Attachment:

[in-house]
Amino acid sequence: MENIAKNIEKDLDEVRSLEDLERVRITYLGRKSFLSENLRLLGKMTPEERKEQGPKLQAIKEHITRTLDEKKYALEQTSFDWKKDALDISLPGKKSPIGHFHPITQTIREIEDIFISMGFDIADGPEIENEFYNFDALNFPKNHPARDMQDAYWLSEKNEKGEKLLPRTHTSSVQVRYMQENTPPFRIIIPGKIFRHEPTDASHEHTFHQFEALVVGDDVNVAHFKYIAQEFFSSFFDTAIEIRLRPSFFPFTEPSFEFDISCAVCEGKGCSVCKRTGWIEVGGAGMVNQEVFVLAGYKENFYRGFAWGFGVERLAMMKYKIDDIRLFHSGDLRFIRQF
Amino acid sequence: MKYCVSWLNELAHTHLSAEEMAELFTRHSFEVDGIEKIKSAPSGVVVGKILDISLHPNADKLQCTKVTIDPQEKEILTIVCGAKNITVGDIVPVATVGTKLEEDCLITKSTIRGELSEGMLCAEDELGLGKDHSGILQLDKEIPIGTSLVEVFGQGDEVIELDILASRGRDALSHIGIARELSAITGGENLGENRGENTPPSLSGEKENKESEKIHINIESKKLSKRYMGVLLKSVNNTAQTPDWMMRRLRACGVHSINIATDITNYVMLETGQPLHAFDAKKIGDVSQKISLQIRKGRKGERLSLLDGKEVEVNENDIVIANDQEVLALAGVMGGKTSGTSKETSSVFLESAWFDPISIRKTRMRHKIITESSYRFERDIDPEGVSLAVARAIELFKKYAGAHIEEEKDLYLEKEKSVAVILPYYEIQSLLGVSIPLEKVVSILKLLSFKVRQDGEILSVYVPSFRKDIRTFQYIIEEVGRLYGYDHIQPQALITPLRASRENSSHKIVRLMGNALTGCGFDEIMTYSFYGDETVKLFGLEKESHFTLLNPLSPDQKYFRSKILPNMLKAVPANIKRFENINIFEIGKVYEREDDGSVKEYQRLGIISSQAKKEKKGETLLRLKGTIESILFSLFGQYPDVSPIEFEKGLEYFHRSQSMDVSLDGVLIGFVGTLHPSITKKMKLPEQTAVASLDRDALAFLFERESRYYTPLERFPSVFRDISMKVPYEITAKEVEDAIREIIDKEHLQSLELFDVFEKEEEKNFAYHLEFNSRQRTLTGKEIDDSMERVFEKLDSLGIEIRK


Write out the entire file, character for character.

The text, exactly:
[in-house]
Amino acid sequence: MENIAKNIEKDLDEVRSLEDLERVRITYLGRKSFLSENLRLLGKMTPEERKEQGPKLQAIKEHITRTLDEKKYALEQTSFDWKKDALDISLPGKKSPIGHFHPITQTIREIEDIFISMGFDIADGPEIENEFYNFDALNFPKNHPARDMQDAYWLSEKNEKGEKLLPRTHTSSVQVRYMQENTPPFRIIIPGKIFRHEPTDASHEHTFHQFEALVVGDDVNVAHFKYIAQEFFSSFFDTAIEIRLRPSFFPFTEPSFEFDISCAVCEGKGCSVCKRTGWIEVGGAGMVNQEVFVLAGYKENFYRGFAWGFGVERLAMMKYKIDDIRLFHSGDLRFIRQF
Amino acid sequence: MKYCVSWLNELAHTHLSAEEMAELFTRHSFEVDGIEKIKSAPSGVVVGKILDISLHPNADKLQCTKVTIDPQEKEILTIVCGAKNITVGDIVPVATVGTKLEEDCLITKSTIRGELSEGMLCAEDELGLGKDHSGILQLDKEIPIGTSLVEVFGQGDEVIELDILASRGRDALSHIGIARELSAITGGENLGENRGENTPPSLSGEKENKESEKIHINIESKKLSKRYMGVLLKSVNNTAQTPDWMMRRLRACGVHSINIATDITNYVMLETGQPLHAFDAKKIGDVSQKISLQIRKGRKGERLSLLDGKEVEVNENDIVIANDQEVLALAGVMGGKTSGTSKETSSVFLESAWFDPISIRKTRMRHKIITESSYRFERDIDPEGVSLAVARAIELFKKYAGAHIEEEKDLYLEKEKSVAVILPYYEIQSLLGVSIPLEKVVSILKLLSFKVRQDGEILSVYVPSFRKDIRTFQYIIEEVGRLYGYDHIQPQALITPLRASRENSSHKIVRLMGNALTGCGFDEIMTYSFYGDETVKLFGLEKESHFTLLNPLSPDQKYFRSKILPNMLKAVPANIKRFENINIFEIGKVYEREDDGSVKEYQRLGIISSQAKKEKKGETLLRLKGTIESILFSLFGQYPDVSPIEFEKGLEYFHRSQSMDVSLDGVLIGFVGTLHPSITKKMKLPEQTAVASLDRDALAFLFERESRYYTPLERFPSVFRDISMKVPYEITAKEVEDAIREIIDKEHLQSLELFDVFEKEEEKNFAYHLEFNSRQRTLTGKEIDDSMERVFEKLDSLGIEIRK